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Court can’t split trial if jury notice is served and one of the parties objects


January 21, 2009   by Canadian Underwriter


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The Ontario courts have no jurisdiction to split a trial in which a jury notice is already filed and one of the parties to the action objects, the Ontario Superior Court of Justice has found.
The case arose out of a motor vehicle collision in October 1999, in which a woman was backing out of a private driveway on Halloween. The car was hit by pick-up truck driving on an east-west road in Hastings County.
A youth who was seated in the car backing out of the driveway suffered a catastrophic brain injury and pelvic fractures.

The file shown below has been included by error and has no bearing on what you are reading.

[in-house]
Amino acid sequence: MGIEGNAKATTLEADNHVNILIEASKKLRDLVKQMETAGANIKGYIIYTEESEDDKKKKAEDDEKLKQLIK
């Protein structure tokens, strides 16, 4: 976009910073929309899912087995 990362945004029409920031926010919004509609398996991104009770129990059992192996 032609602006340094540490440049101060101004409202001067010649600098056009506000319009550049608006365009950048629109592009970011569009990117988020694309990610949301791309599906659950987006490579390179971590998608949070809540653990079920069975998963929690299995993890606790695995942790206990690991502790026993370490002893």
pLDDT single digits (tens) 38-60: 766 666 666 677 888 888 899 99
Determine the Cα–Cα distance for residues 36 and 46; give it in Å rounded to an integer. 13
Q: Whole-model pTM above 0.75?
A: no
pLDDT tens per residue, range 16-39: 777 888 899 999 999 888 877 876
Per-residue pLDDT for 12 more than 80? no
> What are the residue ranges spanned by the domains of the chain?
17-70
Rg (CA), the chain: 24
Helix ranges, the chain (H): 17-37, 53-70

The defendant driving the pick-up truck pleaded guilty to a charge of failing to yield right of way, but did not admit civil liability for the collision.
Both the plaintiffs and the defendants called for a jury trial on the matter.
The defendants moved to bifurcate the trial, handling the liability issue prior to the damages issue.
The motions judge noted a two-week jury trial on liability alone could be scheduled in a short period of time, whereas a lengthy trial on all of the issues could not be scheduled for at least a year or more.
But the Ontario Superior Court of Justice found that bringing a case to justice expeditiously did not outweigh the right of the parties — once a jury trial had been requested — to have both the liability and damage issues heard by a jury of their peers.
The court did not have the jurisdiction to bifurcate the trial, the Superior Court found.